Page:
The lack of media noise on this topic matches perfectly the general climate around the topic, as we see the EU institutions normalising human rights violations against people on the move. The newly-agreed EU council position published on 8 June, for example, institutionalises prison-like camps for refugees at the borders of the Union.

These camps would include watchtowers, barbed wires, and video surveillance, even for families with children. The power to determine which country is deemed a safe destination for returning individuals, as well as the criteria for redistributing refugees, is now in the hands of individual member states rather than the EU as a whole. This means that people may be sent back to transit countries instead of the ones where their families reside.

Instead, they can buy off their responsibility by transferring €20,000 per asylum seeker to countries in need.

'Fortress Europe' is becoming a reality, while an EU that cares for human rights should go in the opposite direction. For starters, the Dublin regulation needs a deep revision, as it has resulted in an unfair burden on the southern European member states. The European commission has introduced a voluntary solidarity mechanism, but stronger regulation is needed for all countries to participate and share responsibility.

The securitisation of Europe's external borders has meant preventing or violently pushing back people who try to access EU territory and deceitfully limiting access to asylum application procedures. Both the collaboration with partners who are notorious for their criminal actions — like the so-called Libyan coastguard in the Mediterranean — as well as the unlawful pushbacks by border officials alongside the borders with Greece, Croatia and Poland, should be replaced by a safe and fair treatment of people seeking refuge in Europe.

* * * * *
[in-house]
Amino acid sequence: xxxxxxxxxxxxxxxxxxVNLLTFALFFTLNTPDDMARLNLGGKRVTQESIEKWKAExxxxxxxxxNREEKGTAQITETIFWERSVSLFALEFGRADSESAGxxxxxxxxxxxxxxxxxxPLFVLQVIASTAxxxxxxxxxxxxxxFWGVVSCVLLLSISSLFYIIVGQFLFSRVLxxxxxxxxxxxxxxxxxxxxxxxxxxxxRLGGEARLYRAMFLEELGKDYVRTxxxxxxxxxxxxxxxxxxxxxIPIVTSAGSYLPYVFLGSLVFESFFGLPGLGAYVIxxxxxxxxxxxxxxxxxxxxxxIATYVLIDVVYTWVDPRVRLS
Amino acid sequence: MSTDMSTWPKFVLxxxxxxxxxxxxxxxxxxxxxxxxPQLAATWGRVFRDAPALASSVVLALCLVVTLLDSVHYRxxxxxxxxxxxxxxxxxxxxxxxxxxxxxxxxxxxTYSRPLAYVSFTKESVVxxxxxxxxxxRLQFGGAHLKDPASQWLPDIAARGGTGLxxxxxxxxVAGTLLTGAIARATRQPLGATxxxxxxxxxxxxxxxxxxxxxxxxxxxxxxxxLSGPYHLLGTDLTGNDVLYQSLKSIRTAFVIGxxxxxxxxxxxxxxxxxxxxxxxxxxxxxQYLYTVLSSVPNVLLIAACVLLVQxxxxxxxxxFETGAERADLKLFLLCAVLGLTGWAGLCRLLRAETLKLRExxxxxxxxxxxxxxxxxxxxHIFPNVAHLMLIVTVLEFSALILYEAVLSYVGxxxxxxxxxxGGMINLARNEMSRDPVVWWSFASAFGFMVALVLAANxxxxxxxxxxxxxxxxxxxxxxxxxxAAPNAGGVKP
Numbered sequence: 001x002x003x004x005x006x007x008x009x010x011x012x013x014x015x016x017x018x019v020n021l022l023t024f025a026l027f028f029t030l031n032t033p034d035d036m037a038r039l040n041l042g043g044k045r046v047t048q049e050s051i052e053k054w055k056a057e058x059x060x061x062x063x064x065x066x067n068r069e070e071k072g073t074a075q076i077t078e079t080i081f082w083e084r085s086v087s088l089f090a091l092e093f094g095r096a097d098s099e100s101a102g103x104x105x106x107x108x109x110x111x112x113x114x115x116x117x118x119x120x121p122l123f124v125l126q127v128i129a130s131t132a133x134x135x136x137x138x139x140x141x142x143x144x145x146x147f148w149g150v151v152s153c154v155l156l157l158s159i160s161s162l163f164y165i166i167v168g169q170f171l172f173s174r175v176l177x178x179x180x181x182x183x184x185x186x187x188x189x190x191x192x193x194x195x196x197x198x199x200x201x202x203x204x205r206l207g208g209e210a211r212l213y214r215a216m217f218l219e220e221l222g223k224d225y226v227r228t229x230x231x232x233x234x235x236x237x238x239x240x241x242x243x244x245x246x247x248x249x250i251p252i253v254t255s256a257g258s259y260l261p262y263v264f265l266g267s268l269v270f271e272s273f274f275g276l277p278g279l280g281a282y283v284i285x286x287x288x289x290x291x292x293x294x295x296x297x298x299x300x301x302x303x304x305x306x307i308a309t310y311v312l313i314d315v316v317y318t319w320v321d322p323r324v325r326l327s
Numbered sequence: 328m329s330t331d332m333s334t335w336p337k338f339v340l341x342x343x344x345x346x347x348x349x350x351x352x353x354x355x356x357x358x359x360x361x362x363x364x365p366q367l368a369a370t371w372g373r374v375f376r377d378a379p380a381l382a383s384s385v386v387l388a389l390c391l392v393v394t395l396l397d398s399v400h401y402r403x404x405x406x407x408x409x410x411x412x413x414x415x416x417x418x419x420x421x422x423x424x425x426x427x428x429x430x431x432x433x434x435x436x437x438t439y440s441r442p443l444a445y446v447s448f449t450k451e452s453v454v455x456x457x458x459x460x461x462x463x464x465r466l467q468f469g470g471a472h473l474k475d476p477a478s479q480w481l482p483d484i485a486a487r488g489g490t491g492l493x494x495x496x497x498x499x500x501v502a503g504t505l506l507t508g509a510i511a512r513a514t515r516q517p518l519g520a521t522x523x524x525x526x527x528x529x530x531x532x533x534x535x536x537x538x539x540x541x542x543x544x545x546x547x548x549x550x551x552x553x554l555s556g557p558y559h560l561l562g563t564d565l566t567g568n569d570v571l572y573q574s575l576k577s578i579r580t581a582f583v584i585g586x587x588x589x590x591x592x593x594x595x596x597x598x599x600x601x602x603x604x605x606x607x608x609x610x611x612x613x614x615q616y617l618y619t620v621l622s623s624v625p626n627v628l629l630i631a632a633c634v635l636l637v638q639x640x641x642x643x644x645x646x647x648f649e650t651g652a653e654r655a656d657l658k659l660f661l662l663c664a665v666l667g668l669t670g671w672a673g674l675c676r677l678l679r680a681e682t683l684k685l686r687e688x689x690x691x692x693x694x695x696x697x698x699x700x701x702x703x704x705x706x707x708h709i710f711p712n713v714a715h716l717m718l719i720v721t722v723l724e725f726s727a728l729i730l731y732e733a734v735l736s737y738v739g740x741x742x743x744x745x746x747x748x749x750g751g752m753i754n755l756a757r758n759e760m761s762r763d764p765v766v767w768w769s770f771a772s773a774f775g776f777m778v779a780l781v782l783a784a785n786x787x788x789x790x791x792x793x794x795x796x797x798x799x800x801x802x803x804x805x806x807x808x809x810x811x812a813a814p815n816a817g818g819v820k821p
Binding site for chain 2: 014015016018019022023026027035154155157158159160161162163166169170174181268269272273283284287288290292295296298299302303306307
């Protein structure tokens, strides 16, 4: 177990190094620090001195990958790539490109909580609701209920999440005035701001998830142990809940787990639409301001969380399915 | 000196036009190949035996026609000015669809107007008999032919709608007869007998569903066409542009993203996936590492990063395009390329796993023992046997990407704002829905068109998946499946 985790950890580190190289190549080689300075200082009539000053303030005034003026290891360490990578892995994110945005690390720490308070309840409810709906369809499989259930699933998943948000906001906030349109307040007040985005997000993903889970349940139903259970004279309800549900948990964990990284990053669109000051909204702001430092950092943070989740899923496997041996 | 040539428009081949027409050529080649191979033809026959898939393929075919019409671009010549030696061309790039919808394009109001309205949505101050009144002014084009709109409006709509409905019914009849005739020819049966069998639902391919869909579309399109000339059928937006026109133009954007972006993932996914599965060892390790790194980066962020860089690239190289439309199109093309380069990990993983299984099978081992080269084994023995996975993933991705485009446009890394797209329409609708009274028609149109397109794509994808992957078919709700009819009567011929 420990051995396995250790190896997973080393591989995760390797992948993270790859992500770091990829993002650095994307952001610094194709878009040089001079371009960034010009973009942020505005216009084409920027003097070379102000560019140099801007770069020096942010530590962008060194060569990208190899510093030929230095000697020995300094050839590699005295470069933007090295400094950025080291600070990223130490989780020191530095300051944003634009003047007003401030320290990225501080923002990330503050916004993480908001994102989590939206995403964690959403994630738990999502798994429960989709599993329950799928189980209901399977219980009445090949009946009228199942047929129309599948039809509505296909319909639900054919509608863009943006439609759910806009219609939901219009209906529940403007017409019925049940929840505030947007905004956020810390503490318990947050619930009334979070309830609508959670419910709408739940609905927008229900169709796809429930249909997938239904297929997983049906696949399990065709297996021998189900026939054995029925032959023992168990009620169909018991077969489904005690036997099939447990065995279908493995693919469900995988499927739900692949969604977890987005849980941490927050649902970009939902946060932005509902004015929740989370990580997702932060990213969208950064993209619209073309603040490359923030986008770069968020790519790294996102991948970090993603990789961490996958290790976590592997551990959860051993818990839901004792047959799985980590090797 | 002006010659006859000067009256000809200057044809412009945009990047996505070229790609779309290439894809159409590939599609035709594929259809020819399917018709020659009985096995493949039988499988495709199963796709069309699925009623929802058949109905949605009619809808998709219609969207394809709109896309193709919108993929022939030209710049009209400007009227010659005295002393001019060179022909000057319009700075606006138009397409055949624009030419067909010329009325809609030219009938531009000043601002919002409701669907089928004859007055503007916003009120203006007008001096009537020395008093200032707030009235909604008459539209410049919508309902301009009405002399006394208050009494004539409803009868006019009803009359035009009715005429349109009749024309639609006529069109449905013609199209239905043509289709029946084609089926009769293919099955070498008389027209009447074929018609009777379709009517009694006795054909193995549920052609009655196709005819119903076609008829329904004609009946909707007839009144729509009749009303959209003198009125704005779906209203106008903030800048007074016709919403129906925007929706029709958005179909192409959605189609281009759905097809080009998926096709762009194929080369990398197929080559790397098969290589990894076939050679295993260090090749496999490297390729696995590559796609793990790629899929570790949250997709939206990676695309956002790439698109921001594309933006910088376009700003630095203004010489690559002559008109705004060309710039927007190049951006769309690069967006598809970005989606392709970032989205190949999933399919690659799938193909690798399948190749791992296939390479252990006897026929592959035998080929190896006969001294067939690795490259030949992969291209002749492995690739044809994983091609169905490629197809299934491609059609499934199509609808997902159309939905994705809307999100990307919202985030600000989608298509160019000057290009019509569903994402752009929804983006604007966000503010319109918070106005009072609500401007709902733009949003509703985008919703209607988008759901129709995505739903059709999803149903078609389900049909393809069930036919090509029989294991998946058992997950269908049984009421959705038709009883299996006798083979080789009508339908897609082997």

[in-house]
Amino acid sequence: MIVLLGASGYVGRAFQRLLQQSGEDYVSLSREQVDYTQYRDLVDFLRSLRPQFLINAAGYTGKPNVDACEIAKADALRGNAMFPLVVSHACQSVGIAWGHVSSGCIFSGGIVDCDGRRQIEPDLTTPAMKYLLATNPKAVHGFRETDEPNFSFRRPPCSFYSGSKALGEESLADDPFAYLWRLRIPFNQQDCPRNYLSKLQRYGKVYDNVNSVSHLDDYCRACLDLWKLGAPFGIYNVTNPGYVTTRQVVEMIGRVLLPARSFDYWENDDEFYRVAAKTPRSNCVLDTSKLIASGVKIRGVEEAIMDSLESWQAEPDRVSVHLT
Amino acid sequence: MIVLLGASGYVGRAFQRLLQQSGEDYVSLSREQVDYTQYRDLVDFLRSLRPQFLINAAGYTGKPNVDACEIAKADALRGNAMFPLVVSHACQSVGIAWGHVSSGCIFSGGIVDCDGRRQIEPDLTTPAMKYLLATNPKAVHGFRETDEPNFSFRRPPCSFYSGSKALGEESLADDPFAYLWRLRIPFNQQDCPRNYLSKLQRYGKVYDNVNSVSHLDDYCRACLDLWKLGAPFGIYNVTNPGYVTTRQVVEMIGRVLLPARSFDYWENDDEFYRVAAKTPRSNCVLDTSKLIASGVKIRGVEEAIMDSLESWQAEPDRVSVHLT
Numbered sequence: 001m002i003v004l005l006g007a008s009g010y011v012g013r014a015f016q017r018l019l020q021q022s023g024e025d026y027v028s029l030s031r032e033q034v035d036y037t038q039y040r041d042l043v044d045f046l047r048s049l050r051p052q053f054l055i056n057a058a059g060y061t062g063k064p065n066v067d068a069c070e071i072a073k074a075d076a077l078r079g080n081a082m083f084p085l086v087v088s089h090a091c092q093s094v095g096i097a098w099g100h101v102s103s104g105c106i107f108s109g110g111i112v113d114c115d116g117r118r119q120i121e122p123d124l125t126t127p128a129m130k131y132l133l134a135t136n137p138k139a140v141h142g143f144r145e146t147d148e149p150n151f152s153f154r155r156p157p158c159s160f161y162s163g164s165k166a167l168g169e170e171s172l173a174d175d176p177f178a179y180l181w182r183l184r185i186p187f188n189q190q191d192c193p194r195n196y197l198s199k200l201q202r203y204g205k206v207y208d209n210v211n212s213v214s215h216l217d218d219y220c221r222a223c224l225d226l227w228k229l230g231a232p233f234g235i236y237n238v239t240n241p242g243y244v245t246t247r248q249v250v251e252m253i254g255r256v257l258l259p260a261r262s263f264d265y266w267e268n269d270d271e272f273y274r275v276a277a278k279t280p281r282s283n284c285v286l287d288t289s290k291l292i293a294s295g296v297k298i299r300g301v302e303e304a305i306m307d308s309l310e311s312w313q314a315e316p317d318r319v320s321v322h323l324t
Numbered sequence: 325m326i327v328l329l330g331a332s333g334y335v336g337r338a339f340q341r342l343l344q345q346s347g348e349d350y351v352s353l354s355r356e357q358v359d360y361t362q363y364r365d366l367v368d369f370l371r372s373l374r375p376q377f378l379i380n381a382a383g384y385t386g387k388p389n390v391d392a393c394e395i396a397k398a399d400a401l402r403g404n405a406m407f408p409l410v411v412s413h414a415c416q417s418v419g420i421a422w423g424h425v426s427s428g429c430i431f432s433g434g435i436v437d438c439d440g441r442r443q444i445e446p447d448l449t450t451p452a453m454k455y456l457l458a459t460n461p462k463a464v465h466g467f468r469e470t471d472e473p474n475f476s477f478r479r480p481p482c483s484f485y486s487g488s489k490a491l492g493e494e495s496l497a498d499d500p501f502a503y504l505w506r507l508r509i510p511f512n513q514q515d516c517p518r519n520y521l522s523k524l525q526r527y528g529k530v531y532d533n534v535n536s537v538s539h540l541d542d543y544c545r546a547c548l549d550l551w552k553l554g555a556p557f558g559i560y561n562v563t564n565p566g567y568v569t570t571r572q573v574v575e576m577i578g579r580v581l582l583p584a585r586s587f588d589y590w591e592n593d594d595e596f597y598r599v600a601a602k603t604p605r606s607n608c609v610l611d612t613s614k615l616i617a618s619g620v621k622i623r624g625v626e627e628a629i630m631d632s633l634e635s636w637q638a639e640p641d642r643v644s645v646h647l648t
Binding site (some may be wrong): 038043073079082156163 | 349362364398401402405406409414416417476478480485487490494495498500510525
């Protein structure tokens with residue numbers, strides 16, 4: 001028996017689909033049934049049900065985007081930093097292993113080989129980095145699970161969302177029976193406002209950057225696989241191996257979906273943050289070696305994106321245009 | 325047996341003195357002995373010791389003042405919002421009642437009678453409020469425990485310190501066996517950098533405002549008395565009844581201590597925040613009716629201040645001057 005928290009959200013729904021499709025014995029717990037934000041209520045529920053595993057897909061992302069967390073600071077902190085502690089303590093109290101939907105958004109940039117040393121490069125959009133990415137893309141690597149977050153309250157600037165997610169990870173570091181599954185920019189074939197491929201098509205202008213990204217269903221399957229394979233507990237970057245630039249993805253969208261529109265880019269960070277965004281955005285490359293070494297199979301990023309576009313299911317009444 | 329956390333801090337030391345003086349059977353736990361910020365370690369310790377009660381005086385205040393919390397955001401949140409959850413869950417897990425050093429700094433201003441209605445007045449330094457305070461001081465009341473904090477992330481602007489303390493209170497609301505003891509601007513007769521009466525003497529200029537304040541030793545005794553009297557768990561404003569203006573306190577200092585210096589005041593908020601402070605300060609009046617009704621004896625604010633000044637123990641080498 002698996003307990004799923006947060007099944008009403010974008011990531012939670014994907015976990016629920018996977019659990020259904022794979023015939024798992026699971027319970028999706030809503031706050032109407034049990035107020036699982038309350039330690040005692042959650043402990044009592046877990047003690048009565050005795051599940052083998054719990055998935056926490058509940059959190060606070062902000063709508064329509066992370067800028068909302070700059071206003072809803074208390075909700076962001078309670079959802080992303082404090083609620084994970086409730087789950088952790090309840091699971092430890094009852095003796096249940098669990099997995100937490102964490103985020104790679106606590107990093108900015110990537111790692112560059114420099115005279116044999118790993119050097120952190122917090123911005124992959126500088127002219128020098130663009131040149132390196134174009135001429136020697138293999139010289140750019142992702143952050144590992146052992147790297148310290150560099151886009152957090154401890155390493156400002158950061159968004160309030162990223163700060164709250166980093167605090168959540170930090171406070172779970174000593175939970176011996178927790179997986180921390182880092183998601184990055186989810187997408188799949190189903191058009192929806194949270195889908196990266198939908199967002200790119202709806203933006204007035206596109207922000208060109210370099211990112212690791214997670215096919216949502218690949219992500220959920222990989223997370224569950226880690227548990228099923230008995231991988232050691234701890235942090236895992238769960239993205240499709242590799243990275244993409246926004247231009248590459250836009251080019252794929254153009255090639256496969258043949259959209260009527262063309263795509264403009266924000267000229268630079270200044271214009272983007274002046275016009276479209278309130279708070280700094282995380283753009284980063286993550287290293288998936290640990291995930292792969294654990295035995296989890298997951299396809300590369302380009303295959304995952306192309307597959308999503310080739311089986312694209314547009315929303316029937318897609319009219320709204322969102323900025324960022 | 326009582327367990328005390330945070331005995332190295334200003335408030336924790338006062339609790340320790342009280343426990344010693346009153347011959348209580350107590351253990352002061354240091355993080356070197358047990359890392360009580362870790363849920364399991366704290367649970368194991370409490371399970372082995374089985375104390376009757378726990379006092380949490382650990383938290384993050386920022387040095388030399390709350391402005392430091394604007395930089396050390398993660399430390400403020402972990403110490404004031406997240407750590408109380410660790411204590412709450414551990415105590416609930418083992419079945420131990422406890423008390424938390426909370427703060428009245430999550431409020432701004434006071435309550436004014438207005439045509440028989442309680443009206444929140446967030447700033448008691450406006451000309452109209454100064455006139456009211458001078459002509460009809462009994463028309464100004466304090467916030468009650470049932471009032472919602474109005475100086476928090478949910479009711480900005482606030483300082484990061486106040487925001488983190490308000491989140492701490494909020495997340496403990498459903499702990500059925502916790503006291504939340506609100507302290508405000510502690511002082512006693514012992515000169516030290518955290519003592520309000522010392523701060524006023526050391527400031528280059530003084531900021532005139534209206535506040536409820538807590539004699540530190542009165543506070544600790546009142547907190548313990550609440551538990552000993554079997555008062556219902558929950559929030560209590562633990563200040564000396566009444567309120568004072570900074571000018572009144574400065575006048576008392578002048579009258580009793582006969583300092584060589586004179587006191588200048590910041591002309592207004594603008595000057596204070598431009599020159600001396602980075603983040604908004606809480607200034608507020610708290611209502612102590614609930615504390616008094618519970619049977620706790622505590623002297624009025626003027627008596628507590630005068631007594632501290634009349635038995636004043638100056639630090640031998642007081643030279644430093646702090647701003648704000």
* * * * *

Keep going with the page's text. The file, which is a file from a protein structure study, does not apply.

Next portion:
Reforming Frontex into an agency whose governance is transparent and that safeguards human rights instead of enabling their violation is an important step in this process.

The paradigm shift should ultimately be that the EU's actions ensure that all people seeking asylum live in dignity, safety and can be a source of collective enrichment in a world that — whether we like it or not — is deeply interconnected. In fact, trading votes for allowing breaking the rule of law is a short-sighted strategy and won't prevent people from moving. If anything, it will only make a tragedy out of what could have been an opportunity.

Despite the media, non-governmental organisations (NGOs), and a few dedicated politicians providing numerous pieces of evidence highlighting the deep-rooted issues within the current system, and various policy proposals being put forward for a fair and unified migration system, the only missing element remains the political will to enact the necessary changes.

Author bio

Francesca Romana D’Antuono is the co-president of Volt Europa since October 2021. She is an Italian multilingual living in Berlin.

Lennard Everwien is co-founder and director of the humanitarian organisation Europe Cares, as well as a member of the German party Alliance90/TheGreens.


The views expressed in this opinion piece are the author's, not those of EUobserver.